I will never forget my very first restaurant inspection after I graduated from the Environmental Health program. I was this little nervous man geared up and ready to save the world from foodborne illness. Upon strolling into my first restaurant, it turned out that the operators were more nervous than I was. I kind of felt like my hero Bruce Campbell in Army of Darkness ready to unleash fury on them. This should never be the case. Apparently, the establishment did not have a good relationship with the previous inspector.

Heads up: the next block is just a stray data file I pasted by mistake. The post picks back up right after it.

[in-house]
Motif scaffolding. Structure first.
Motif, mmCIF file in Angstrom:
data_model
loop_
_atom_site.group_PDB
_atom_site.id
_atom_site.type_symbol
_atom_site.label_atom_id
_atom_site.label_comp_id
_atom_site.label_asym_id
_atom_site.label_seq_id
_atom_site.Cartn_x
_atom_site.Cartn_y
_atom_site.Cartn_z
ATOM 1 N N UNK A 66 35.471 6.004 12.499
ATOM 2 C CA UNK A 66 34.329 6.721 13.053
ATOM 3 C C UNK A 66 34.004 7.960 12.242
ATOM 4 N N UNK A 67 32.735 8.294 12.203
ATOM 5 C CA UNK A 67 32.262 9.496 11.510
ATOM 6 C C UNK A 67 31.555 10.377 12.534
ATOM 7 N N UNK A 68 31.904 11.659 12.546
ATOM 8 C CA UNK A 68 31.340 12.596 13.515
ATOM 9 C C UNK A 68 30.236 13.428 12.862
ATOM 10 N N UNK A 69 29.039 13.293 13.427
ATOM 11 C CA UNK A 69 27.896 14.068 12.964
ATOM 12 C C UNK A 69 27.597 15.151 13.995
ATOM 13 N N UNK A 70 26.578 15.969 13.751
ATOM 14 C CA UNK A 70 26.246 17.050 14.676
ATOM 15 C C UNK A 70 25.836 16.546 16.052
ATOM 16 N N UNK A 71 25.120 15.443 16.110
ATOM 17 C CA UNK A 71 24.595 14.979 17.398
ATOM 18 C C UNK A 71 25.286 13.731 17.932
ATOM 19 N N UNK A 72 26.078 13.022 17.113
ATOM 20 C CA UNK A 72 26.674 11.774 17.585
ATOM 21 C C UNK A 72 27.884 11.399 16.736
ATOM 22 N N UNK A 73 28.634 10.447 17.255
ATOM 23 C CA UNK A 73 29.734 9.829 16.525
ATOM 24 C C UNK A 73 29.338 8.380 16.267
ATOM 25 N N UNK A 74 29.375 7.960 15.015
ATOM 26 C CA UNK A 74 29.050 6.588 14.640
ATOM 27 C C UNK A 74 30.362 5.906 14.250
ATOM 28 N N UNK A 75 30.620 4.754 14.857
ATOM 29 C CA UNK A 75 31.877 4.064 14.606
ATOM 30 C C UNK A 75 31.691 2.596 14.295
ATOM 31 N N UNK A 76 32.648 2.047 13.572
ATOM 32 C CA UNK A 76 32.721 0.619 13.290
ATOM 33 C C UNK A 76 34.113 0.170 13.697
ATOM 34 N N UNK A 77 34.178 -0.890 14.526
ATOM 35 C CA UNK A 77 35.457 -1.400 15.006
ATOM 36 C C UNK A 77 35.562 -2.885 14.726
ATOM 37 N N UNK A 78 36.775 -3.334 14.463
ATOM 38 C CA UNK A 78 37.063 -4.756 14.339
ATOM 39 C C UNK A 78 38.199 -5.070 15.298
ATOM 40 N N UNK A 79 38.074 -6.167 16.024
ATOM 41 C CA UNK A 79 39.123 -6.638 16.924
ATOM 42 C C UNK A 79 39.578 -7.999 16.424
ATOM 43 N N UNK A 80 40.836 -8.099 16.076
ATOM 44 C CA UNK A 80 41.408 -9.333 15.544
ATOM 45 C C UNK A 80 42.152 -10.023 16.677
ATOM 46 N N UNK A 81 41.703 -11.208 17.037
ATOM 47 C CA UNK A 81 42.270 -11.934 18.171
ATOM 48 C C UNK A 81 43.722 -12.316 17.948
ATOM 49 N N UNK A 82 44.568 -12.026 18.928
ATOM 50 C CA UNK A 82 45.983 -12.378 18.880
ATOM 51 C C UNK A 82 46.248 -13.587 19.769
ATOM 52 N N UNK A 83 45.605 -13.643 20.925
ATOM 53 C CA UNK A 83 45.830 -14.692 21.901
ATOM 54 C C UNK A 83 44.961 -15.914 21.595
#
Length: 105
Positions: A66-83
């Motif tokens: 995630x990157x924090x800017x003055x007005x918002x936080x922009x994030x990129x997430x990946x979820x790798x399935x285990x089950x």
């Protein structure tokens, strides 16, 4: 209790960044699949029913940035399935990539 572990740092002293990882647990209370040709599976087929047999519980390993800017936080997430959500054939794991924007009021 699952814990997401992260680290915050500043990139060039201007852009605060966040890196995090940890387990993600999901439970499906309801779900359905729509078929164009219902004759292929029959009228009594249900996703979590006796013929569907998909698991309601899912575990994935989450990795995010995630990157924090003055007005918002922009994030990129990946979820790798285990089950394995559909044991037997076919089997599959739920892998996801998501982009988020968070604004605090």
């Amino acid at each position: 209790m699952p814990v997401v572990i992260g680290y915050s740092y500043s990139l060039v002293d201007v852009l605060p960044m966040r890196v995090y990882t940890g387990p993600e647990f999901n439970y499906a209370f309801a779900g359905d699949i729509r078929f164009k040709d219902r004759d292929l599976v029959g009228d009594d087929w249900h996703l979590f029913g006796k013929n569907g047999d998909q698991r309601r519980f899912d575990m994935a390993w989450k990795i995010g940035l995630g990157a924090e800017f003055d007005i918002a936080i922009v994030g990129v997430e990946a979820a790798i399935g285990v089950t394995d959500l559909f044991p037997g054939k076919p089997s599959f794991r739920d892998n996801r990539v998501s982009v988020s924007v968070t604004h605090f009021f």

There are two different types of inspectors, the black and white regulators who essentially enforce the law without explanation and the one who spends time discussing food related issues and guides operators. An inspection, whether announced or unannounced, is a snapshot in time and is not indicative of what actually goes on. It is far more important that inspectors discuss food safety issues in conjunction with health regulations. Inspectors throw words around such as cross contamination or danger zone, but does the operator even knows what those words actually mean? It is easy for an inspector to enter an establishment and tell the cook, listen you need to use a digital thermometer to verify that your burger is properly cooked. In some jurisdictions, an offence notice will accompany that statement. Sure the cook can probe the burger when the inspector is around, but do they know what temperature they should be aiming for? It is important to work with food operators and discuss food safety issues to compel them rather than scare them.